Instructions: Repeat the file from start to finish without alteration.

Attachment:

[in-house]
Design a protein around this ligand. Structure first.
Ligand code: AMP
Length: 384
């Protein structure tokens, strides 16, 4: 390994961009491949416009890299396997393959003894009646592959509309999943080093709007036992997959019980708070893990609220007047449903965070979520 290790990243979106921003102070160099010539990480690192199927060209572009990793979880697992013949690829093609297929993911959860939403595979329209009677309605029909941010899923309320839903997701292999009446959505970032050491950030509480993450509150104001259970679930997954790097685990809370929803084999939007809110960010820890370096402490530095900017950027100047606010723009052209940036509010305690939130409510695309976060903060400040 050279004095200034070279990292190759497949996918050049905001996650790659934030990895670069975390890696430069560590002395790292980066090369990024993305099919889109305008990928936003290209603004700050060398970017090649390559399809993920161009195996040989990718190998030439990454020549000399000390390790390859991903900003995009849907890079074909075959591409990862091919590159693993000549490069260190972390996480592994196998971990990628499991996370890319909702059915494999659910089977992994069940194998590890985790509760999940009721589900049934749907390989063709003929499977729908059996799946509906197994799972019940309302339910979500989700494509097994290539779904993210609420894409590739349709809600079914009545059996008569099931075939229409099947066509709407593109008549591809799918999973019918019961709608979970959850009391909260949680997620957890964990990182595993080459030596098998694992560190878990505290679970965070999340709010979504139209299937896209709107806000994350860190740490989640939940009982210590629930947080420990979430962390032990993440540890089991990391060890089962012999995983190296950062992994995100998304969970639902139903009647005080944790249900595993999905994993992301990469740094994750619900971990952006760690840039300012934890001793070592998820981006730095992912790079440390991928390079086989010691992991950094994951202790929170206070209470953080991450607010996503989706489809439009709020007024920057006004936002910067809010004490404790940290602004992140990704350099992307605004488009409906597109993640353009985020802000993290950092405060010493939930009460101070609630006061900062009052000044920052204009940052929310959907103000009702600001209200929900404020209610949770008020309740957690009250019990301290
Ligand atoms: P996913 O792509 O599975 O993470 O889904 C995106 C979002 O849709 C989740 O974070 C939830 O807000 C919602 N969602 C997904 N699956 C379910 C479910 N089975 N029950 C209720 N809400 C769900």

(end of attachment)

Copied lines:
[in-house]
Design a protein around this ligand. Structure first.
Ligand code: AMP
Length: 384
């Protein structure tokens, strides 16, 4: 390994961009491949416009890299396997393959003894009646592959509309999943080093709007036992997959019980708070893990609220007047449903965070979520 290790990243979106921003102070160099010539990480690192199927060209572009990793979880697992013949690829093609297929993911959860939403595979329209009677309605029909941010899923309320839903997701292999009446959505970032050491950030509480993450509150104001259970679930997954790097685990809370929803084999939007809110960010820890370096402490530095900017950027100047606010723009052209940036509010305690939130409510695309976060903060400040 050279004095200034070279990292190759497949996918050049905001996650790659934030990895670069975390890696430069560590002395790292980066090369990024993305099919889109305008990928936003290209603004700050060398970017090649390559399809993920161009195996040989990718190998030439990454020549000399000390390790390859991903900003995009849907890079074909075959591409990862091919590159693993000549490069260190972390996480592994196998971990990628499991996370890319909702059915494999659910089977992994069940194998590890985790509760999940009721589900049934749907390989063709003929499977729908059996799946509906197994799972019940309302339910979500989700494509097994290539779904993210609420894409590739349709809600079914009545059996008569099931075939229409099947066509709407593109008549591809799918999973019918019961709608979970959850009391909260949680997620957890964990990182595993080459030596098998694992560190878990505290679970965070999340709010979504139209299937896209709107806000994350860190740490989640939940009982210590629930947080420990979430962390032990993440540890089991990391060890089962012999995983190296950062992994995100998304969970639902139903009647005080944790249900595993999905994993992301990469740094994750619900971990952006760690840039300012934890001793070592998820981006730095992912790079440390991928390079086989010691992991950094994951202790929170206070209470953080991450607010996503989706489809439009709020007024920057006004936002910067809010004490404790940290602004992140990704350099992307605004488009409906597109993640353009985020802000993290950092405060010493939930009460101070609630006061900062009052000044920052204009940052929310959907103000009702600001209200929900404020209610949770008020309740957690009250019990301290
Ligand atoms: P996913 O792509 O599975 O993470 O889904 C995106 C979002 O849709 C989740 O974070 C939830 O807000 C919602 N969602 C997904 N699956 C379910 C479910 N089975 N029950 C209720 N809400 C769900």